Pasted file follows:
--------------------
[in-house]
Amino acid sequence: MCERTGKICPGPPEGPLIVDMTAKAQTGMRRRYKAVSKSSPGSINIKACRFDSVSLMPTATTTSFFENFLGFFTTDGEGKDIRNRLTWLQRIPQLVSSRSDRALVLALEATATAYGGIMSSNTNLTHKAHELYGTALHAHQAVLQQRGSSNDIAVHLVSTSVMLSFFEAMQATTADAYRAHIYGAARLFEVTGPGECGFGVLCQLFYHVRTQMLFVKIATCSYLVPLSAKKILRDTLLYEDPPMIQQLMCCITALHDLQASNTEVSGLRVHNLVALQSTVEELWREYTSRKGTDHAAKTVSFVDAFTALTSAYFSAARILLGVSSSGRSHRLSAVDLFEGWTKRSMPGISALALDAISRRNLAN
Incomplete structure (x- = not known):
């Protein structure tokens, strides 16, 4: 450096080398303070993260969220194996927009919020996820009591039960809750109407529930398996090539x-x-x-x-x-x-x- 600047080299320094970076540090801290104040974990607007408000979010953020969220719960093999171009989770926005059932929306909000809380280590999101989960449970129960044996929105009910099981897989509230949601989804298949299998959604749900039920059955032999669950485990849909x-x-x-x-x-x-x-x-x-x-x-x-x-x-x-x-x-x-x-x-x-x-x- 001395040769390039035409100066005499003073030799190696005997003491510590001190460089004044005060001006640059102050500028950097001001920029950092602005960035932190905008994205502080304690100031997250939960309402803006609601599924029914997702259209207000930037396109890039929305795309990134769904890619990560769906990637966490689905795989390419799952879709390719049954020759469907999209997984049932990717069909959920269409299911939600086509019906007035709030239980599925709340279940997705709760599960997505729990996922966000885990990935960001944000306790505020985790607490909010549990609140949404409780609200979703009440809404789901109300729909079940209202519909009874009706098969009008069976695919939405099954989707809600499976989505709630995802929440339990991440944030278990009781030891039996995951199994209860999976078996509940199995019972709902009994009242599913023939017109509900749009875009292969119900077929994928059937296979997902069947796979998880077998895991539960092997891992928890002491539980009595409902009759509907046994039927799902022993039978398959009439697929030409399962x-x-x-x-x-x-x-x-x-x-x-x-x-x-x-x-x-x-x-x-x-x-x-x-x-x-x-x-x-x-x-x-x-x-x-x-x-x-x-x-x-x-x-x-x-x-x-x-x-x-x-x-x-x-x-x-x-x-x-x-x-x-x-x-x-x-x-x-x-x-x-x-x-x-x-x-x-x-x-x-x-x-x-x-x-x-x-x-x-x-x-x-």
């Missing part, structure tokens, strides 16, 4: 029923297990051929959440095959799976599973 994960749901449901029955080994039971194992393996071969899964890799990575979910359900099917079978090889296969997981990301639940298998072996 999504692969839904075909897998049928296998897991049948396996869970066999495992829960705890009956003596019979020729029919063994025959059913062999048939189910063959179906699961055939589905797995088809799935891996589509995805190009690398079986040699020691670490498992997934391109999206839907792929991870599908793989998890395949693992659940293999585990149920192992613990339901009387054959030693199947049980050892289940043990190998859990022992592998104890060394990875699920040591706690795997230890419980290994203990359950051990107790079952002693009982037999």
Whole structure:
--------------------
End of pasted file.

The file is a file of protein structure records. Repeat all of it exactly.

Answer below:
[in-house]
Amino acid sequence: MCERTGKICPGPPEGPLIVDMTAKAQTGMRRRYKAVSKSSPGSINIKACRFDSVSLMPTATTTSFFENFLGFFTTDGEGKDIRNRLTWLQRIPQLVSSRSDRALVLALEATATAYGGIMSSNTNLTHKAHELYGTALHAHQAVLQQRGSSNDIAVHLVSTSVMLSFFEAMQATTADAYRAHIYGAARLFEVTGPGECGFGVLCQLFYHVRTQMLFVKIATCSYLVPLSAKKILRDTLLYEDPPMIQQLMCCITALHDLQASNTEVSGLRVHNLVALQSTVEELWREYTSRKGTDHAAKTVSFVDAFTALTSAYFSAARILLGVSSSGRSHRLSAVDLFEGWTKRSMPGISALALDAISRRNLAN
Incomplete structure (x- = not known):
């Protein structure tokens, strides 16, 4: 450096080398303070993260969220194996927009919020996820009591039960809750109407529930398996090539x-x-x-x-x-x-x- 600047080299320094970076540090801290104040974990607007408000979010953020969220719960093999171009989770926005059932929306909000809380280590999101989960449970129960044996929105009910099981897989509230949601989804298949299998959604749900039920059955032999669950485990849909x-x-x-x-x-x-x-x-x-x-x-x-x-x-x-x-x-x-x-x-x-x-x- 001395040769390039035409100066005499003073030799190696005997003491510590001190460089004044005060001006640059102050500028950097001001920029950092602005960035932190905008994205502080304690100031997250939960309402803006609601599924029914997702259209207000930037396109890039929305795309990134769904890619990560769906990637966490689905795989390419799952879709390719049954020759469907999209997984049932990717069909959920269409299911939600086509019906007035709030239980599925709340279940997705709760599960997505729990996922966000885990990935960001944000306790505020985790607490909010549990609140949404409780609200979703009440809404789901109300729909079940209202519909009874009706098969009008069976695919939405099954989707809600499976989505709630995802929440339990991440944030278990009781030891039996995951199994209860999976078996509940199995019972709902009994009242599913023939017109509900749009875009292969119900077929994928059937296979997902069947796979998880077998895991539960092997891992928890002491539980009595409902009759509907046994039927799902022993039978398959009439697929030409399962x-x-x-x-x-x-x-x-x-x-x-x-x-x-x-x-x-x-x-x-x-x-x-x-x-x-x-x-x-x-x-x-x-x-x-x-x-x-x-x-x-x-x-x-x-x-x-x-x-x-x-x-x-x-x-x-x-x-x-x-x-x-x-x-x-x-x-x-x-x-x-x-x-x-x-x-x-x-x-x-x-x-x-x-x-x-x-x-x-x-x-x-």
């Missing part, structure tokens, strides 16, 4: 029923297990051929959440095959799976599973 994960749901449901029955080994039971194992393996071969899964890799990575979910359900099917079978090889296969997981990301639940298998072996 999504692969839904075909897998049928296998897991049948396996869970066999495992829960705890009956003596019979020729029919063994025959059913062999048939189910063959179906699961055939589905797995088809799935891996589509995805190009690398079986040699020691670490498992997934391109999206839907792929991870599908793989998890395949693992659940293999585990149920192992613990339901009387054959030693199947049980050892289940043990190998859990022992592998104890060394990875699920040591706690795997230890419980290994203990359950051990107790079952002693009982037999």
Whole structure: